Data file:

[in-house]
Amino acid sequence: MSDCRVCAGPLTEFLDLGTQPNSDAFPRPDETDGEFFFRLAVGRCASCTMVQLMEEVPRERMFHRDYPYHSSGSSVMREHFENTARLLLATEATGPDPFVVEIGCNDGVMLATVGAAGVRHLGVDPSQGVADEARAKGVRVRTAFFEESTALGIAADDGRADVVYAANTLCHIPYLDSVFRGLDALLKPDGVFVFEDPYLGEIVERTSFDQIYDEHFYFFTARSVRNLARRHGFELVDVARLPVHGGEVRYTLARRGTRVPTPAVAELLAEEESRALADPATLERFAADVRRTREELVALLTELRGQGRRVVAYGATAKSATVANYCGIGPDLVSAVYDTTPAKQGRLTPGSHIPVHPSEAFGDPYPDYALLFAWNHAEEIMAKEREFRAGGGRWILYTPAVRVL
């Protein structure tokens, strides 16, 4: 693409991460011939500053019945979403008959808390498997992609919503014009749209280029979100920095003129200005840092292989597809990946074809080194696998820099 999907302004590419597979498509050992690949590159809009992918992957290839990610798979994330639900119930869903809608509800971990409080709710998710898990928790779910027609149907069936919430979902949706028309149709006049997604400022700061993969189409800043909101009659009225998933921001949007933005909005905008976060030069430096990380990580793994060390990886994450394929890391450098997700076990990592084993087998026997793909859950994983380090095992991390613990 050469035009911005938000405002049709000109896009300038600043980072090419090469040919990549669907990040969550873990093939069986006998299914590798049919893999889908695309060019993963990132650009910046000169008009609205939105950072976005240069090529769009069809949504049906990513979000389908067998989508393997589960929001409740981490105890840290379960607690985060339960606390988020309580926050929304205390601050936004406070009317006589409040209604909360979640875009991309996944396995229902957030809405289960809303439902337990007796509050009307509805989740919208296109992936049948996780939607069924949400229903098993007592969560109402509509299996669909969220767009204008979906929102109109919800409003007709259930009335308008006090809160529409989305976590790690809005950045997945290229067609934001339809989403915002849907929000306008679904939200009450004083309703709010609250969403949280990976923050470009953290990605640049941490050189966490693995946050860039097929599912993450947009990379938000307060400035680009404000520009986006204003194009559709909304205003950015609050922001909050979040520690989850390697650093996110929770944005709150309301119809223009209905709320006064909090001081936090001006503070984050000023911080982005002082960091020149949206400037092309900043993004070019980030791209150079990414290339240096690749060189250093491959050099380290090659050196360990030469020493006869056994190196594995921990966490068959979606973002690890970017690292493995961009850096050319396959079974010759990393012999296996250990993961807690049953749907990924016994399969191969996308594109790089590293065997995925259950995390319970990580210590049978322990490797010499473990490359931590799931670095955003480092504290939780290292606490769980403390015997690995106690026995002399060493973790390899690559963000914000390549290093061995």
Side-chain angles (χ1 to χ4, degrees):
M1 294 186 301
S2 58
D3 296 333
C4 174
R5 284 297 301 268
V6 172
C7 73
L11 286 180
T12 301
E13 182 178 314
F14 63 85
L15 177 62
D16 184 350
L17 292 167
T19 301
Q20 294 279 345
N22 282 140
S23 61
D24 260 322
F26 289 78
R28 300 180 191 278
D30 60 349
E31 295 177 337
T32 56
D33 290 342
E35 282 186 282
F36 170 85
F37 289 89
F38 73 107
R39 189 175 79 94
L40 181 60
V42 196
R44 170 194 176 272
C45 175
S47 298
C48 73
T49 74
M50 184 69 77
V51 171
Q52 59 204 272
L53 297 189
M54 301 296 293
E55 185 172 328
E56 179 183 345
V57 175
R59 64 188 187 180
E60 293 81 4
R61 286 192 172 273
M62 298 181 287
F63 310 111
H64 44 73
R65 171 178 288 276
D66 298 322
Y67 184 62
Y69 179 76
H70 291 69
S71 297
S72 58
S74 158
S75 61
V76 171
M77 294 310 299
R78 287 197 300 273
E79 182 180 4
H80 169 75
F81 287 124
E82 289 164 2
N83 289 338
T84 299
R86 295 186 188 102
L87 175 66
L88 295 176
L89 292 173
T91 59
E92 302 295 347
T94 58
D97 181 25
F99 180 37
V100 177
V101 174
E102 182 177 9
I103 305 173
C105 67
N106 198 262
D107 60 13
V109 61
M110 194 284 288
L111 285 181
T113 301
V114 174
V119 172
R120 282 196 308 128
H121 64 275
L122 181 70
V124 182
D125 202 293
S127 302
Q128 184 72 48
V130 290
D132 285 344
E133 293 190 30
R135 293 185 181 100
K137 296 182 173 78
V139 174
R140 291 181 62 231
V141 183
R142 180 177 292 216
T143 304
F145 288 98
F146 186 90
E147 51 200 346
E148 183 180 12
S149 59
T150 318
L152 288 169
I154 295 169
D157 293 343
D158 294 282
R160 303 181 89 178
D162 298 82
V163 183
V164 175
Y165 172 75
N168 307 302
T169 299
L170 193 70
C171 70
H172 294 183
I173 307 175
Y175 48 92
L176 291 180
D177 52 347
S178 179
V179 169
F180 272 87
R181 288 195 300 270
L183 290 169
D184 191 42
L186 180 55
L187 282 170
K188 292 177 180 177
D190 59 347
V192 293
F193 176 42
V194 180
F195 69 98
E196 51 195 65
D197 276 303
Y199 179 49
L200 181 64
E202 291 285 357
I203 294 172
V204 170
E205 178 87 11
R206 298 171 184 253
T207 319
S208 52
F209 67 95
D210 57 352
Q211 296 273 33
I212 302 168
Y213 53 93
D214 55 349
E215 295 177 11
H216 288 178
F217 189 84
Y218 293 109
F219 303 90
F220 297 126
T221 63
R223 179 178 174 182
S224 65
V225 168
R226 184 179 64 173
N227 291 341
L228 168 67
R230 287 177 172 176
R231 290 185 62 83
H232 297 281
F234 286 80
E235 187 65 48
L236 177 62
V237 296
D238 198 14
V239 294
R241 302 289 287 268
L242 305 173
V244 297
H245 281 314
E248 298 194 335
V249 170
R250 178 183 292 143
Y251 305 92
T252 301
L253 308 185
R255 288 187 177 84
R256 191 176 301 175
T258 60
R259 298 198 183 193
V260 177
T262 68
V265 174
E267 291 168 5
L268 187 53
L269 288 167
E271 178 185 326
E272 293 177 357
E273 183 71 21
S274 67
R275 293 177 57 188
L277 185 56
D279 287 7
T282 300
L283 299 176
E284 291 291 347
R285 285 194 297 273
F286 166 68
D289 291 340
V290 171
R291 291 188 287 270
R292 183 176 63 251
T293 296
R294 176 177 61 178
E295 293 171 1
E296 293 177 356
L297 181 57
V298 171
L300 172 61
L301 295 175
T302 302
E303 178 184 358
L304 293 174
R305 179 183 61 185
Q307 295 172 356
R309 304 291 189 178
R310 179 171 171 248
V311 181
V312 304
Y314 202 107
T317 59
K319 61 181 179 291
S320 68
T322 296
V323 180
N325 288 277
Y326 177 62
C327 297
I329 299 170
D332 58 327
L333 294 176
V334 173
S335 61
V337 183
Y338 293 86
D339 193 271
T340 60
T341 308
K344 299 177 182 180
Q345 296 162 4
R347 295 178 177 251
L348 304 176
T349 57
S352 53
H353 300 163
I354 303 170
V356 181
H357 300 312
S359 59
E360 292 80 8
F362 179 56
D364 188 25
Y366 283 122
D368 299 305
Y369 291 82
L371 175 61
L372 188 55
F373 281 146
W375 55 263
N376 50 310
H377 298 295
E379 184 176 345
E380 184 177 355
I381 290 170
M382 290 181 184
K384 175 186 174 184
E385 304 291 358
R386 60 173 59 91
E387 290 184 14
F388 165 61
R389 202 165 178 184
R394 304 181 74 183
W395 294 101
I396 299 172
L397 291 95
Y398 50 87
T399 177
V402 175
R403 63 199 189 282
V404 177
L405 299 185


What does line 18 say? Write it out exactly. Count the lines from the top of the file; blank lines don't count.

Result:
L17 292 167